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Suffering Bothersome Menopause Symptoms? We Have Treatment Options

Menopause is the time in a woman’s life that marks the end of her reproductive years. You’ve officially reached that milestone when you haven’t menstruated for 12 consecutive months. Perimenopause is the time leading up to menopause, with symptoms starting between ages 45-55 and lasting about four years: The exact timing is different for each person.

Perimenopause is a time when reproductive hormone levels, including estrogen, progesterone, testosterone, follicle-stimulating hormone (FSH), and luteinizing hormone (LH), start to fluctuate. At this time women also experience the loss of active ovarian follicles, the structures that produce and release eggs from the ovary walls. Periods become intermittent and blood flow irregular.

At Medical Care for Women in Astoria, New York, Dr. Andrea D. Olanescu and her team understand that the transition through both perimenopause and menopause, with their many physical symptoms and psychological stress, can be difficult to go through. And while there’s no way to circumvent the process itself, they do have treatment options for getting rid of the bothersome symptoms. Here’s what you need to know.

Common perimenopause and menopause symptoms

The earliest signs of perimenopause are usually:

An estimated 75% of women experience hot flashes with menopause, the symptom most people associate with the condition.

Additional symptoms include:

Treatments for perimenopause and menopause symptoms

There are a number of different treatments for menopausal symptoms:

Hormone replacement therapy (HRT)

Symptoms such as hot flashes, sleep disturbances, vaginal dryness, and the risk of osteoporosis are all caused by decreased estrogen production during the perimenopausal and menopausal years. HRT is FDA-approved to treat these symptoms. It comes in two types:

  1. Estrogen-only therapy: estrogen hormone provides the most menopausal symptom relief; prescribed for women who don’t have a uterus due to a hysterectomy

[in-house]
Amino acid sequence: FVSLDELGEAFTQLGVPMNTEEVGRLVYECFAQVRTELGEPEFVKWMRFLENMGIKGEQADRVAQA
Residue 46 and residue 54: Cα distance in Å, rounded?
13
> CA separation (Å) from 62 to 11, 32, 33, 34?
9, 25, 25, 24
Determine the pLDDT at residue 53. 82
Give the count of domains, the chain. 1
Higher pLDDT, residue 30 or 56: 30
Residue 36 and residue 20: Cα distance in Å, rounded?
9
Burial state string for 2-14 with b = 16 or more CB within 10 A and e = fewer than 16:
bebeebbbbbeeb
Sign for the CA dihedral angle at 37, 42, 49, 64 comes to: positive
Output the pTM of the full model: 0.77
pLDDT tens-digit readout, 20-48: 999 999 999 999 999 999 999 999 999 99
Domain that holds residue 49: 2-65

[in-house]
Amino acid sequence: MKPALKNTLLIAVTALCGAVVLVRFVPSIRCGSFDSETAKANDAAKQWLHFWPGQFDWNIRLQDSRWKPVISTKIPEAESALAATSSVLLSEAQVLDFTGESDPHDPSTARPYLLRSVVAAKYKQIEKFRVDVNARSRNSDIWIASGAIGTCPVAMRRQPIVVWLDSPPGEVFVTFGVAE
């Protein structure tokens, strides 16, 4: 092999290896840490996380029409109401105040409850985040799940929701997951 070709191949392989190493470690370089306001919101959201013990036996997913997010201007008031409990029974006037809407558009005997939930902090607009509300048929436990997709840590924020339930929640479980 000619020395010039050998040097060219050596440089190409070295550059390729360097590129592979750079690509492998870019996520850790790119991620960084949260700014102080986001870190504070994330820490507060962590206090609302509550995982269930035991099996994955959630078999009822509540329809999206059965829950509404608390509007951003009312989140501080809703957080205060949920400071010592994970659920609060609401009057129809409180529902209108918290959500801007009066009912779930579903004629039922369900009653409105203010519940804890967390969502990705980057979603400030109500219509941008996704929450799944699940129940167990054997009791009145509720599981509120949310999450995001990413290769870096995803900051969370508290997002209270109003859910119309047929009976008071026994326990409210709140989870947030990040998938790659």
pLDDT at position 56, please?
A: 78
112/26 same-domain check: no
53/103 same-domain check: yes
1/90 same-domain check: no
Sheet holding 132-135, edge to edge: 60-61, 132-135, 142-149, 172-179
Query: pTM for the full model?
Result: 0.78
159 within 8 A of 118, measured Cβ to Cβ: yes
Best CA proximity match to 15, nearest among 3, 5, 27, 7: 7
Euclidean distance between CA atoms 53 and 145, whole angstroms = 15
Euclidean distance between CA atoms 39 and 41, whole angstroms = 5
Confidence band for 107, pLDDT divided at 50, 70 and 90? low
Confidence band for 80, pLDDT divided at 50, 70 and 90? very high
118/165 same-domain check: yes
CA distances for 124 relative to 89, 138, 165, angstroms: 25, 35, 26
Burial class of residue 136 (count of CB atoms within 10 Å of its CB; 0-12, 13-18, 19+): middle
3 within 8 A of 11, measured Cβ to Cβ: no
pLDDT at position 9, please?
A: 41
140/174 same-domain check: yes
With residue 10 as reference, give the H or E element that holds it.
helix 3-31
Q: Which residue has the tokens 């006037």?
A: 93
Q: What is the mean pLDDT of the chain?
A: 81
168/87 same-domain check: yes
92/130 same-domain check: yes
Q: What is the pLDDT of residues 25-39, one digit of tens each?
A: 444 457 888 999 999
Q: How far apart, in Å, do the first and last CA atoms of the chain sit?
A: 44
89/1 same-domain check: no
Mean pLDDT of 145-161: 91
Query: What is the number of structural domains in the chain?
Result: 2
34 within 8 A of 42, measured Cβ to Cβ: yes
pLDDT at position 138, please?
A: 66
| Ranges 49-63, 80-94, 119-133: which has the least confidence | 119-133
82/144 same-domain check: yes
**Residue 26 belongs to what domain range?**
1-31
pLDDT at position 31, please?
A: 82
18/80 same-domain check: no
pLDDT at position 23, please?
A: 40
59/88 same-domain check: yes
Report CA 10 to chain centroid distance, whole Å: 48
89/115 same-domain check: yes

2. Estrogen plus progestogen therapy: progestogen is added to the estrogen to protect against uterine (endometrial) cancer that may result from estrogen alone

HRT can be administered in two forms:

  1. Systemic products (oral tablet, patch, gel, emulsion, spray, or injection): circulate through the bloodstream to all parts of the body and are used for hot flashes, night sweats, vaginal symptoms, and osteoporosis
  2. Local (nonsystemic) products (cream, ring, or tablet): affect only a specific or localized area of the body and are used to treat vaginal symptoms (dryness, laxity) only

Systemic HRT comes with some risks, including associations with breast cancer, stroke, and an increase in blood clots in the veins, especially in women over 60. Therefore, doctors prescribe the lowest effective dose of HRT for the shortest amount of time to achieve symptom relief.

Other medications

Dr. Olanescu can also prescribe low-dose antidepressants or antiseizure medications to help with hot flashes, or one of a number of drugs that work to build bone density to combat the risk of osteoporosis. Antidepressants, which also address mood changes, work best when combined with some form of psychotherapy.

Lifestyle changes

Sometimes, the best thing you can do to help yourself through the transition is to adapt your lifestyle to accommodate the changes. Here are two examples:

1. For night sweats

2. For urinary incontinence

If you’re going through the change of menopause and are daunted by the bothersome symptoms, we have treatment options that can help. Give Medical Care for Women a call at 718-278-0888, or book your consultation online today.

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